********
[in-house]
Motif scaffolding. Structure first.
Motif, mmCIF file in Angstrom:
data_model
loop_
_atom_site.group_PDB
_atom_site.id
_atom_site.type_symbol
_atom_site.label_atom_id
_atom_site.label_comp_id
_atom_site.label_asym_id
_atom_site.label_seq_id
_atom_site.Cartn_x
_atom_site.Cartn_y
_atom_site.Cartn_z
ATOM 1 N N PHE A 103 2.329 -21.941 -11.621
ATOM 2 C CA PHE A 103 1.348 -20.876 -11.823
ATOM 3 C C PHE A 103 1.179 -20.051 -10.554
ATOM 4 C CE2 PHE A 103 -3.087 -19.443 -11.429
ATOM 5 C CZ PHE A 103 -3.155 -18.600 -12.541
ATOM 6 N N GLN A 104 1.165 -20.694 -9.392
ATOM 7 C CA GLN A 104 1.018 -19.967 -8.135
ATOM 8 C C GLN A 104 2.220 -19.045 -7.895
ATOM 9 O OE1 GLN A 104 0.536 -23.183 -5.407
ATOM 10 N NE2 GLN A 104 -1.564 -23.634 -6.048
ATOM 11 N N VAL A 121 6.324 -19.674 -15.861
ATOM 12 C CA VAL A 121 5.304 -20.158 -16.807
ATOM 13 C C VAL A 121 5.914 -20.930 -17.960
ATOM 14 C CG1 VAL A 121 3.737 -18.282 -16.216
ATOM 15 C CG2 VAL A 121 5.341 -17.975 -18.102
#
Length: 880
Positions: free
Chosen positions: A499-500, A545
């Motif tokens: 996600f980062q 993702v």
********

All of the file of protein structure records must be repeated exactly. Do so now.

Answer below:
[in-house]
Motif scaffolding. Structure first.
Motif, mmCIF file in Angstrom:
data_model
loop_
_atom_site.group_PDB
_atom_site.id
_atom_site.type_symbol
_atom_site.label_atom_id
_atom_site.label_comp_id
_atom_site.label_asym_id
_atom_site.label_seq_id
_atom_site.Cartn_x
_atom_site.Cartn_y
_atom_site.Cartn_z
ATOM 1 N N PHE A 103 2.329 -21.941 -11.621
ATOM 2 C CA PHE A 103 1.348 -20.876 -11.823
ATOM 3 C C PHE A 103 1.179 -20.051 -10.554
ATOM 4 C CE2 PHE A 103 -3.087 -19.443 -11.429
ATOM 5 C CZ PHE A 103 -3.155 -18.600 -12.541
ATOM 6 N N GLN A 104 1.165 -20.694 -9.392
ATOM 7 C CA GLN A 104 1.018 -19.967 -8.135
ATOM 8 C C GLN A 104 2.220 -19.045 -7.895
ATOM 9 O OE1 GLN A 104 0.536 -23.183 -5.407
ATOM 10 N NE2 GLN A 104 -1.564 -23.634 -6.048
ATOM 11 N N VAL A 121 6.324 -19.674 -15.861
ATOM 12 C CA VAL A 121 5.304 -20.158 -16.807
ATOM 13 C C VAL A 121 5.914 -20.930 -17.960
ATOM 14 C CG1 VAL A 121 3.737 -18.282 -16.216
ATOM 15 C CG2 VAL A 121 5.341 -17.975 -18.102
#
Length: 880
Positions: free
Chosen positions: A499-500, A545
């Motif tokens: 996600f980062q 993702v």